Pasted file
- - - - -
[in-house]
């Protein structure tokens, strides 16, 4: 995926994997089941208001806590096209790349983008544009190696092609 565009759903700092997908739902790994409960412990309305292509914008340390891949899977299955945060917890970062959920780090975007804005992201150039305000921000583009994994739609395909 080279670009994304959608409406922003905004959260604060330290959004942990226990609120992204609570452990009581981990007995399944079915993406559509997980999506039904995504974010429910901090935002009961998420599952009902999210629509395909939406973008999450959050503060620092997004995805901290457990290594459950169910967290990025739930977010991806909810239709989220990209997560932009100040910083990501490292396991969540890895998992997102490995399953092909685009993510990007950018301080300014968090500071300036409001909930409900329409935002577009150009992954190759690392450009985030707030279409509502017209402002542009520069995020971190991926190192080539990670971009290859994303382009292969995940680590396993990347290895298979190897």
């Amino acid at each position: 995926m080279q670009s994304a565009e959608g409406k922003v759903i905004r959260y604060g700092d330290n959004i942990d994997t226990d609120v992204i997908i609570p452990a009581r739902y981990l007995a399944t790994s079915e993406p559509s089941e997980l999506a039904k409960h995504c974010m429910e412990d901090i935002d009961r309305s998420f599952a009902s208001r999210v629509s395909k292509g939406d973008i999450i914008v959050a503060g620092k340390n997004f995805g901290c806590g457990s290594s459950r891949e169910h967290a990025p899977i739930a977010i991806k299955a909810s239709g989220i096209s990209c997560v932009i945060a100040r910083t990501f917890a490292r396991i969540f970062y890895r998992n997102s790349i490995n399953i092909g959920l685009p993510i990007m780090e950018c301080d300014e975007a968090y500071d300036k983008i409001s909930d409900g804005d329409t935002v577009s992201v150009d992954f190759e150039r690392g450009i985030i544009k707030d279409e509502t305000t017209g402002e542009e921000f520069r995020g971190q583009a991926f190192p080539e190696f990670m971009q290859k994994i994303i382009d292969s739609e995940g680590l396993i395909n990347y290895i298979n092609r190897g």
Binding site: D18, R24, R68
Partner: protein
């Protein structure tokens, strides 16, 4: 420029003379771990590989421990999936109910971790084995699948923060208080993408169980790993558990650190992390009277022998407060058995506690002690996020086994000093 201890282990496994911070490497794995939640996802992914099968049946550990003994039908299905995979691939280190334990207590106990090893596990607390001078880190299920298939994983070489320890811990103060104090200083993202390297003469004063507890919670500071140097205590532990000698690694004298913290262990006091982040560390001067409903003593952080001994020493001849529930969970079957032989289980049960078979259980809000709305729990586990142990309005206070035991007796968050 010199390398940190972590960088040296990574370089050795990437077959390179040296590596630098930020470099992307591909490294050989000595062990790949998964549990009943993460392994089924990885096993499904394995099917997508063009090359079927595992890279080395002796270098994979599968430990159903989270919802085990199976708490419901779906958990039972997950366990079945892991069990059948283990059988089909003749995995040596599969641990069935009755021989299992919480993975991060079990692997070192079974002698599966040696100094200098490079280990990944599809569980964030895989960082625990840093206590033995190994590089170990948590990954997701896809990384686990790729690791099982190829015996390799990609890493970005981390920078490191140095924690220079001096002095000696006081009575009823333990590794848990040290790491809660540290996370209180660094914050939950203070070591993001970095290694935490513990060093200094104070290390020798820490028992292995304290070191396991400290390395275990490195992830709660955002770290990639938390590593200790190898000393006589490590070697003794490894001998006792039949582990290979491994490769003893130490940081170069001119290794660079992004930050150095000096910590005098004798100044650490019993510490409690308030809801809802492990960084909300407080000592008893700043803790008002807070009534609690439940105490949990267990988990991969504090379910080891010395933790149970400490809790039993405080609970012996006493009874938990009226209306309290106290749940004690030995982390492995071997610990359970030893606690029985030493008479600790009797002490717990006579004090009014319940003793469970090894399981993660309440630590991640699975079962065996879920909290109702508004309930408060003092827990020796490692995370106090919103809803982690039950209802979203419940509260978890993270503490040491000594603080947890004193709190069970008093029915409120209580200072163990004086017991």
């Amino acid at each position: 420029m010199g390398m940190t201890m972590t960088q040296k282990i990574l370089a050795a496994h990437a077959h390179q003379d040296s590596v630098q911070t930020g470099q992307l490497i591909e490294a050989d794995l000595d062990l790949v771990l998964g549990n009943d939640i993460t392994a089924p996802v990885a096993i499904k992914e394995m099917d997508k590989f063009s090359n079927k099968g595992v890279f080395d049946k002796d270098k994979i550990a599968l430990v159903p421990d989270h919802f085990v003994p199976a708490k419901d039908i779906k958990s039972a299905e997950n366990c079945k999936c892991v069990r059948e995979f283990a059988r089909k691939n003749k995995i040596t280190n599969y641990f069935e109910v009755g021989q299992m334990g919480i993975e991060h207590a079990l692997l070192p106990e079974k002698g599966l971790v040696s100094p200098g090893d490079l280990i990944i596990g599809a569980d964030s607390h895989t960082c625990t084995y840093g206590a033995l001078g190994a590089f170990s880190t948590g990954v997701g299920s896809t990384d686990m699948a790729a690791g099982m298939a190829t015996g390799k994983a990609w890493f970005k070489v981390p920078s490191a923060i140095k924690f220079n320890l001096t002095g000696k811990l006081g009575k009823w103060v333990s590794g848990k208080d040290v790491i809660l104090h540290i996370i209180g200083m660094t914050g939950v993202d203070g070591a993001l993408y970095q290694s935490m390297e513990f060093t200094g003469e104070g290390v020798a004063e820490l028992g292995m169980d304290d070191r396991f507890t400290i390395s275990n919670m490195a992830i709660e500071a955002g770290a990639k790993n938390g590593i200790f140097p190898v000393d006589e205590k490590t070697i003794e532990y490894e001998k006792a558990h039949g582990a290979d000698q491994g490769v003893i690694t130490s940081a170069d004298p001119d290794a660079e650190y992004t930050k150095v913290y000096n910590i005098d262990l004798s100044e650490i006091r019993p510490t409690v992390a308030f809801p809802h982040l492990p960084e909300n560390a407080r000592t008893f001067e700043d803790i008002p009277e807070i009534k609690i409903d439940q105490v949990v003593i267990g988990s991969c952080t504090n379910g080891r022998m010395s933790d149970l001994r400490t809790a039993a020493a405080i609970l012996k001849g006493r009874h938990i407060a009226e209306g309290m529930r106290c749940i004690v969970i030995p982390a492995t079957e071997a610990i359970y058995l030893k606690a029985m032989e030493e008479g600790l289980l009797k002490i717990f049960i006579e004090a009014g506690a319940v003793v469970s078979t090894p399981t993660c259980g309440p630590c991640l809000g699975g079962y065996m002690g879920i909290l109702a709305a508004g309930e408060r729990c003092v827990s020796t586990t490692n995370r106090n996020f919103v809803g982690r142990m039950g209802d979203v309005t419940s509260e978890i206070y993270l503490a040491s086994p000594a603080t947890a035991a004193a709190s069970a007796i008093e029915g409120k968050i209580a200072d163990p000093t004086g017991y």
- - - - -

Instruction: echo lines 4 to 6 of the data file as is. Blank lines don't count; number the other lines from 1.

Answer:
Binding site: D18, R24, R68
Partner: protein
């Protein structure tokens, strides 16, 4: 420029003379771990590989421990999936109910971790084995699948923060208080993408169980790993558990650190992390009277022998407060058995506690002690996020086994000093 201890282990496994911070490497794995939640996802992914099968049946550990003994039908299905995979691939280190334990207590106990090893596990607390001078880190299920298939994983070489320890811990103060104090200083993202390297003469004063507890919670500071140097205590532990000698690694004298913290262990006091982040560390001067409903003593952080001994020493001849529930969970079957032989289980049960078979259980809000709305729990586990142990309005206070035991007796968050 010199390398940190972590960088040296990574370089050795990437077959390179040296590596630098930020470099992307591909490294050989000595062990790949998964549990009943993460392994089924990885096993499904394995099917997508063009090359079927595992890279080395002796270098994979599968430990159903989270919802085990199976708490419901779906958990039972997950366990079945892991069990059948283990059988089909003749995995040596599969641990069935009755021989299992919480993975991060079990692997070192079974002698599966040696100094200098490079280990990944599809569980964030895989960082625990840093206590033995190994590089170990948590990954997701896809990384686990790729690791099982190829015996390799990609890493970005981390920078490191140095924690220079001096002095000696006081009575009823333990590794848990040290790491809660540290996370209180660094914050939950203070070591993001970095290694935490513990060093200094104070290390020798820490028992292995304290070191396991400290390395275990490195992830709660955002770290990639938390590593200790190898000393006589490590070697003794490894001998006792039949582990290979491994490769003893130490940081170069001119290794660079992004930050150095000096910590005098004798100044650490019993510490409690308030809801809802492990960084909300407080000592008893700043803790008002807070009534609690439940105490949990267990988990991969504090379910080891010395933790149970400490809790039993405080609970012996006493009874938990009226209306309290106290749940004690030995982390492995071997610990359970030893606690029985030493008479600790009797002490717990006579004090009014319940003793469970090894399981993660309440630590991640699975079962065996879920909290109702508004309930408060003092827990020796490692995370106090919103809803982690039950209802979203419940509260978890993270503490040491000594603080947890004193709190069970008093029915409120209580200072163990004086017991």